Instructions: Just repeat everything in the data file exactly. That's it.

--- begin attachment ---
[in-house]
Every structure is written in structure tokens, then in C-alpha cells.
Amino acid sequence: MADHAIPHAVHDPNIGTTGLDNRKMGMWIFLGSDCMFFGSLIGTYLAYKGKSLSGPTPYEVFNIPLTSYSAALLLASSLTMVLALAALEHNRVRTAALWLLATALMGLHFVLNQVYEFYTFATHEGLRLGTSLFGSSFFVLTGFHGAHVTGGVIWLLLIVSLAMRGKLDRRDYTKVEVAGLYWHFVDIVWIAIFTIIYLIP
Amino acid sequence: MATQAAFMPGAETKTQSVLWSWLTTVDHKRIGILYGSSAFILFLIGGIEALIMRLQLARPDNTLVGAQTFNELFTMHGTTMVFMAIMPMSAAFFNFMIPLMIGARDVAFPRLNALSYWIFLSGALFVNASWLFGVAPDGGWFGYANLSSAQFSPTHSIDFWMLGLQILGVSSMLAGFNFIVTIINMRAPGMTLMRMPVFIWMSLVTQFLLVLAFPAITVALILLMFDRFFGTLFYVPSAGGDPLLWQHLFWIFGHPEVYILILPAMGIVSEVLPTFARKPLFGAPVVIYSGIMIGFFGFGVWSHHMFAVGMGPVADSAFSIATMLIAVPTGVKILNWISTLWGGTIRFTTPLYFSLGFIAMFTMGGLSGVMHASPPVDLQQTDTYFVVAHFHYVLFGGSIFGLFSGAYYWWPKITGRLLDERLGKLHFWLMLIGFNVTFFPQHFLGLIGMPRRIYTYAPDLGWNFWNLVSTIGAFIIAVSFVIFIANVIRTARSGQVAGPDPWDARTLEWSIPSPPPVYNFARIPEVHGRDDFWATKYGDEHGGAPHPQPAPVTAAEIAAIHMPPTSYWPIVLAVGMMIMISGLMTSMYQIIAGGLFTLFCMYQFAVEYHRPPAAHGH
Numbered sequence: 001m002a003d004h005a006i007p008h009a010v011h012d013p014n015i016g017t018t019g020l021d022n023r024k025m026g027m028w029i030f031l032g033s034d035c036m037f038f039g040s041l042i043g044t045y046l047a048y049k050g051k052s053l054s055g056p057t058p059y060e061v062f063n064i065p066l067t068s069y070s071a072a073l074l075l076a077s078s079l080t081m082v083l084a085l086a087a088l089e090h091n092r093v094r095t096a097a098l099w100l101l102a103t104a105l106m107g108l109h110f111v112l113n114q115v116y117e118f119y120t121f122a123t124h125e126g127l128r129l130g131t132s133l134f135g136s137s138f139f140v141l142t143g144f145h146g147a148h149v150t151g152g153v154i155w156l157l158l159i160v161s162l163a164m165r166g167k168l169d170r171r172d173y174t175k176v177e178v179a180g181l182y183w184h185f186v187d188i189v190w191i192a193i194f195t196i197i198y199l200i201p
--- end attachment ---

[in-house]
Every structure is written in structure tokens, then in C-alpha cells.
Amino acid sequence: MADHAIPHAVHDPNIGTTGLDNRKMGMWIFLGSDCMFFGSLIGTYLAYKGKSLSGPTPYEVFNIPLTSYSAALLLASSLTMVLALAALEHNRVRTAALWLLATALMGLHFVLNQVYEFYTFATHEGLRLGTSLFGSSFFVLTGFHGAHVTGGVIWLLLIVSLAMRGKLDRRDYTKVEVAGLYWHFVDIVWIAIFTIIYLIP
Amino acid sequence: MATQAAFMPGAETKTQSVLWSWLTTVDHKRIGILYGSSAFILFLIGGIEALIMRLQLARPDNTLVGAQTFNELFTMHGTTMVFMAIMPMSAAFFNFMIPLMIGARDVAFPRLNALSYWIFLSGALFVNASWLFGVAPDGGWFGYANLSSAQFSPTHSIDFWMLGLQILGVSSMLAGFNFIVTIINMRAPGMTLMRMPVFIWMSLVTQFLLVLAFPAITVALILLMFDRFFGTLFYVPSAGGDPLLWQHLFWIFGHPEVYILILPAMGIVSEVLPTFARKPLFGAPVVIYSGIMIGFFGFGVWSHHMFAVGMGPVADSAFSIATMLIAVPTGVKILNWISTLWGGTIRFTTPLYFSLGFIAMFTMGGLSGVMHASPPVDLQQTDTYFVVAHFHYVLFGGSIFGLFSGAYYWWPKITGRLLDERLGKLHFWLMLIGFNVTFFPQHFLGLIGMPRRIYTYAPDLGWNFWNLVSTIGAFIIAVSFVIFIANVIRTARSGQVAGPDPWDARTLEWSIPSPPPVYNFARIPEVHGRDDFWATKYGDEHGGAPHPQPAPVTAAEIAAIHMPPTSYWPIVLAVGMMIMISGLMTSMYQIIAGGLFTLFCMYQFAVEYHRPPAAHGH
Numbered sequence: 001m002a003d004h005a006i007p008h009a010v011h012d013p014n015i016g017t018t019g020l021d022n023r024k025m026g027m028w029i030f031l032g033s034d035c036m037f038f039g040s041l042i043g044t045y046l047a048y049k050g051k052s053l054s055g056p057t058p059y060e061v062f063n064i065p066l067t068s069y070s071a072a073l074l075l076a077s078s079l080t081m082v083l084a085l086a087a088l089e090h091n092r093v094r095t096a097a098l099w100l101l102a103t104a105l106m107g108l109h110f111v112l113n114q115v116y117e118f119y120t121f122a123t124h125e126g127l128r129l130g131t132s133l134f135g136s137s138f139f140v141l142t143g144f145h146g147a148h149v150t151g152g153v154i155w156l157l158l159i160v161s162l163a164m165r166g167k168l169d170r171r172d173y174t175k176v177e178v179a180g181l182y183w184h185f186v187d188i189v190w191i192a193i194f195t196i197i198y199l200i201p